Solar Impulse 2, a solar-powered plane that will attempt a global flight in 2015, takes to the skies above Switzerland for the first time.
"It's a great day for all the team of Solar Impulse," Mr Piccard told BBC News.
"An aeroplane like this is absolutely unique. And for the first time in history, we have an aeroplane that is flying with no fuel day and night, showing the incredible potential of the clean technologies - all these technologies that the world can also use in order to reduce the dependency to fossil fuel and to be cleaner and solve a lot of problems of pollution."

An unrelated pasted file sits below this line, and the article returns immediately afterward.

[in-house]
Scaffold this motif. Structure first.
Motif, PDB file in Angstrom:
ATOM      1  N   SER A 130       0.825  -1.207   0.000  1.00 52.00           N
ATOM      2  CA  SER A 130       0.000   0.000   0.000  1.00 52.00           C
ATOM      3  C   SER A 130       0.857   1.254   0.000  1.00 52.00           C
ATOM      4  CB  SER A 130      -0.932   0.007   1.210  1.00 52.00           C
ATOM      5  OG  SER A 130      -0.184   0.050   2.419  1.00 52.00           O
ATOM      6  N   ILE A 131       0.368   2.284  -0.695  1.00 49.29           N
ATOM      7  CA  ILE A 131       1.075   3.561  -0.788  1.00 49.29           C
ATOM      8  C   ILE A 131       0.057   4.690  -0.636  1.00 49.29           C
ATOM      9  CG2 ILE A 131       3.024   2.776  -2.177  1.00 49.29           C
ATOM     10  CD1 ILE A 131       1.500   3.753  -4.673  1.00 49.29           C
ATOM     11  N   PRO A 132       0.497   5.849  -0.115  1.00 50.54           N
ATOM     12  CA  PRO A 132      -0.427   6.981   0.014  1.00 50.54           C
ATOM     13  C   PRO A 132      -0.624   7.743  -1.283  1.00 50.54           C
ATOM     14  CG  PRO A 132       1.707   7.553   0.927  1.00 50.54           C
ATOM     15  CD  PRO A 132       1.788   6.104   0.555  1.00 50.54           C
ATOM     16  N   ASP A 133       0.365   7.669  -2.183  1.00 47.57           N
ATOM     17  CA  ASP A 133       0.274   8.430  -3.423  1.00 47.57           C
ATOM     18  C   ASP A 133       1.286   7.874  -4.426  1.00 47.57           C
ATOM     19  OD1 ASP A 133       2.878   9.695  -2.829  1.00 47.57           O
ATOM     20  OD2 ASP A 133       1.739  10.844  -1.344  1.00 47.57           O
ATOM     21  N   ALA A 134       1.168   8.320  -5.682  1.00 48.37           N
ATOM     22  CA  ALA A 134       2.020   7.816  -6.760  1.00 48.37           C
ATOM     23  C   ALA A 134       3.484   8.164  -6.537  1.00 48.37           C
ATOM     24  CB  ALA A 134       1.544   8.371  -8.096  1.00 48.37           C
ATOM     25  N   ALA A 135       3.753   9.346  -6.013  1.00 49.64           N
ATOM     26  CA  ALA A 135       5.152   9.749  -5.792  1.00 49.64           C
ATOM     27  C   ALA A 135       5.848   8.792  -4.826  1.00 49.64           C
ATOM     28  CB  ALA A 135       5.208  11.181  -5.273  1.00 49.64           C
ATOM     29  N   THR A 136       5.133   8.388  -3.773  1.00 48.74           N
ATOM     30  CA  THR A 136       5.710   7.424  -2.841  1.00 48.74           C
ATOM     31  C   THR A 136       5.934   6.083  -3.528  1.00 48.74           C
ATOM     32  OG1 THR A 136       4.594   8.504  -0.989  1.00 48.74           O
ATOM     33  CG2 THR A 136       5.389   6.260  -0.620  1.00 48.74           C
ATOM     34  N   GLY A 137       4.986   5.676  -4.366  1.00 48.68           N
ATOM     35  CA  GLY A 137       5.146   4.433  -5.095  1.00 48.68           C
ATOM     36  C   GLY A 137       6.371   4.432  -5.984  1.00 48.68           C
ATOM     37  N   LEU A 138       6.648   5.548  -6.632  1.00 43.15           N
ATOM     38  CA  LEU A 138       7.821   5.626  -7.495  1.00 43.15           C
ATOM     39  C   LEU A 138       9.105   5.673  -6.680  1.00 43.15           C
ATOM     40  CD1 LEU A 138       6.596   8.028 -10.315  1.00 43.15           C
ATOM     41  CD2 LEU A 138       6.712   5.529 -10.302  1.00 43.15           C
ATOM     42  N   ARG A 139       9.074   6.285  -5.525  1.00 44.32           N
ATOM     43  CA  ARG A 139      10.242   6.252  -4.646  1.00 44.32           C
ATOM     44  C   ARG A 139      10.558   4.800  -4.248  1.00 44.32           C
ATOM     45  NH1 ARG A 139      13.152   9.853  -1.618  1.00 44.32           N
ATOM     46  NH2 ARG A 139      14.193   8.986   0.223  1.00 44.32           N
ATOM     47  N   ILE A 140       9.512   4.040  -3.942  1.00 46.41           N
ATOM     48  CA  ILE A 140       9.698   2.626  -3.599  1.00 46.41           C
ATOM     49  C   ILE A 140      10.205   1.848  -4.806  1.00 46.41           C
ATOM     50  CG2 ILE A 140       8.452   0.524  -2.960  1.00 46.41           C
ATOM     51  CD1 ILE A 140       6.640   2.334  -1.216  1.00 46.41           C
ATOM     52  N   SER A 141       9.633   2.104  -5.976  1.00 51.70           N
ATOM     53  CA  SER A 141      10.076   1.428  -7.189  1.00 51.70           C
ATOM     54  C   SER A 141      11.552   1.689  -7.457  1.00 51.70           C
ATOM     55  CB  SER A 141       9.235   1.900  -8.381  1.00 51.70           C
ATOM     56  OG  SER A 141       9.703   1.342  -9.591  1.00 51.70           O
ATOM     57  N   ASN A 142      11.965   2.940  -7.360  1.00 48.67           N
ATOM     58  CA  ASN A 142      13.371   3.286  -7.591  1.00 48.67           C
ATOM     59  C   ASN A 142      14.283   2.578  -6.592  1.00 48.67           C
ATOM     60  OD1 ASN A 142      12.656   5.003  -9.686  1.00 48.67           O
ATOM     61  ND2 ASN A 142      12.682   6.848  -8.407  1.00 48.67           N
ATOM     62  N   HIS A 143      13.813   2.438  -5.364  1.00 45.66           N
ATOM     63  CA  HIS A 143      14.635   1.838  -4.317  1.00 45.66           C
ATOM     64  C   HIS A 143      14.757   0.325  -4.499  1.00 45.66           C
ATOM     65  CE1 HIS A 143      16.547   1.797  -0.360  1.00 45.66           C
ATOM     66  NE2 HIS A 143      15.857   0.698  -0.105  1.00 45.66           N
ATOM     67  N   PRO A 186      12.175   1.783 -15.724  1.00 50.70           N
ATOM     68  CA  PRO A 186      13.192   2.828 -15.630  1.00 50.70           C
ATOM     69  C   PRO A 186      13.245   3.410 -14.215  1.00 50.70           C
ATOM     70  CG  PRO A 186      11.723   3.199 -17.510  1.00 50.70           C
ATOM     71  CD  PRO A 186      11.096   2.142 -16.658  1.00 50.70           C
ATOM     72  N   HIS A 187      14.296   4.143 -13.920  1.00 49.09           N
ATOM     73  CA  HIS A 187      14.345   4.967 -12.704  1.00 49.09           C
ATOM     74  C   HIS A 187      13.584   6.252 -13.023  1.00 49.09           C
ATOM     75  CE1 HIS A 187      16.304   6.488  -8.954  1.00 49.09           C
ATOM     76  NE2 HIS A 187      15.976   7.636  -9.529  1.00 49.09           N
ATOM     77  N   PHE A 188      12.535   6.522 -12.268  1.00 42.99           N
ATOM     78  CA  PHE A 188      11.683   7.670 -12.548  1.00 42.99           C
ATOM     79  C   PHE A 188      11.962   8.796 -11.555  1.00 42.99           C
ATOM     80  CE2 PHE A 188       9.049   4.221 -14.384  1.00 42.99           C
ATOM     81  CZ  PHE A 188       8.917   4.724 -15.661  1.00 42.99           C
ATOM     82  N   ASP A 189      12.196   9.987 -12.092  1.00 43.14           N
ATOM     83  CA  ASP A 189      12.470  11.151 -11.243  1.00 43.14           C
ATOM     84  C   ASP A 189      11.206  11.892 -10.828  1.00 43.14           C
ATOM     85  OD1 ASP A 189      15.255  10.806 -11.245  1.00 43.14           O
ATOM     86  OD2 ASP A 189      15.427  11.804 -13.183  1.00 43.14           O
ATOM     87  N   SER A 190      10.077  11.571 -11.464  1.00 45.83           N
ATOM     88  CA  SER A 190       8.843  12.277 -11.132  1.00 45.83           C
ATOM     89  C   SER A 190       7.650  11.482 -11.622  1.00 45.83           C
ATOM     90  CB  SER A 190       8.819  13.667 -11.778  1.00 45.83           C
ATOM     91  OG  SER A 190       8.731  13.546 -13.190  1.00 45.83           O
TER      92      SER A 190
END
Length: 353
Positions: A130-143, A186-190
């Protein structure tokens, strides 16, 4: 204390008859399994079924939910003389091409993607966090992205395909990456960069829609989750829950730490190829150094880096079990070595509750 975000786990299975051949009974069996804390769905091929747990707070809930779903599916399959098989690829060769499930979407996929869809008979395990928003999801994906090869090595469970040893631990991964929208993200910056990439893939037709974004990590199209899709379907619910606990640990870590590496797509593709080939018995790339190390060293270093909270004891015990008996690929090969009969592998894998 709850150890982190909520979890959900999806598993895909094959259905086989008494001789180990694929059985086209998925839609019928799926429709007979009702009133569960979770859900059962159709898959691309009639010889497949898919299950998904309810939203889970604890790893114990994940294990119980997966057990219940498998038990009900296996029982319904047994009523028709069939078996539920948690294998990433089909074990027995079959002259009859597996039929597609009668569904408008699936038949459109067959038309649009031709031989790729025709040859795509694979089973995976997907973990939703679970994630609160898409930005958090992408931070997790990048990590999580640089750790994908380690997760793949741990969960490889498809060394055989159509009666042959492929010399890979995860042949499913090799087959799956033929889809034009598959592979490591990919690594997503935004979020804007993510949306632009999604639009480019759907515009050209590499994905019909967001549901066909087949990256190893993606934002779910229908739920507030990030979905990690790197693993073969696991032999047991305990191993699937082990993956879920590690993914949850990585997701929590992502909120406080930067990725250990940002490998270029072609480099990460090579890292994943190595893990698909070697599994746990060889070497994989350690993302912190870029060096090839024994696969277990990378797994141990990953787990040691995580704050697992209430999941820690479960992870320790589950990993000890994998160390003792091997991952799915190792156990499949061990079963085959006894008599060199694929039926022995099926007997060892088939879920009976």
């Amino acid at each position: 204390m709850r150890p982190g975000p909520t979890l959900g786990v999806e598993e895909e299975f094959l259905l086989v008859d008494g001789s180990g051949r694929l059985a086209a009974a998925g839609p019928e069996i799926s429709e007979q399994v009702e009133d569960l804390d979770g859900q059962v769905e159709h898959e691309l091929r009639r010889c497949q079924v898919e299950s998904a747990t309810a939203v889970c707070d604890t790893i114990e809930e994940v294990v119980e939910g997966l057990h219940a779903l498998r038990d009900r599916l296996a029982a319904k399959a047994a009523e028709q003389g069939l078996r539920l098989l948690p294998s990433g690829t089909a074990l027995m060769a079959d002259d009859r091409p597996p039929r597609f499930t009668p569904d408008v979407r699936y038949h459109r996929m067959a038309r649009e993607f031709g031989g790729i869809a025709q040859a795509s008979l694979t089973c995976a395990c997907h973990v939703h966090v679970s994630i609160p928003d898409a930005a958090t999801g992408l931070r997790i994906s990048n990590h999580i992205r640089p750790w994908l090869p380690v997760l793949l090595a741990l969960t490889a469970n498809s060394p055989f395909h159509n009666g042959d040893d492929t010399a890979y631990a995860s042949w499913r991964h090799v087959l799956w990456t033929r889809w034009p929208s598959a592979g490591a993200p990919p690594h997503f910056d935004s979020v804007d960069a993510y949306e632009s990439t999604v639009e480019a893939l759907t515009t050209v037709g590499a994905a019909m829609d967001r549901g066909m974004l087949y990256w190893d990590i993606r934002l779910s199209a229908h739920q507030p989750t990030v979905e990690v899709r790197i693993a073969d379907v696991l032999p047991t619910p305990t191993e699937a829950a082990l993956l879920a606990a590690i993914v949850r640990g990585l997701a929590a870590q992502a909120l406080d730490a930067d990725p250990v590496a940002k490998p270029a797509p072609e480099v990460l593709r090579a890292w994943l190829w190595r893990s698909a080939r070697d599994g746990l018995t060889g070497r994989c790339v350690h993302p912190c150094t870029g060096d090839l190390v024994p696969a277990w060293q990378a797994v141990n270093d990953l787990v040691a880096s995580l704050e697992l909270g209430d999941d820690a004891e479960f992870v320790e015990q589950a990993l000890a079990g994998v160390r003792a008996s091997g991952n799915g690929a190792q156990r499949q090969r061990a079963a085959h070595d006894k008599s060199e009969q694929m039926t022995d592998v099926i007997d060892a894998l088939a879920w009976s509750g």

The carbon-fibre aircraft has a huge wingspan, which at 72m is wider than a Boeing 747 jet. And yet, the vehicle weighs only 2.3 tonnes.
The tops of the wings are covered by 17,000 solar cells, which drive four brushless electric motors at speeds of up to 140km/h (90mph).
During the day, the solar cells will recharge lithium batteries, which can then be used to keep the plane’s propellers turning through the night.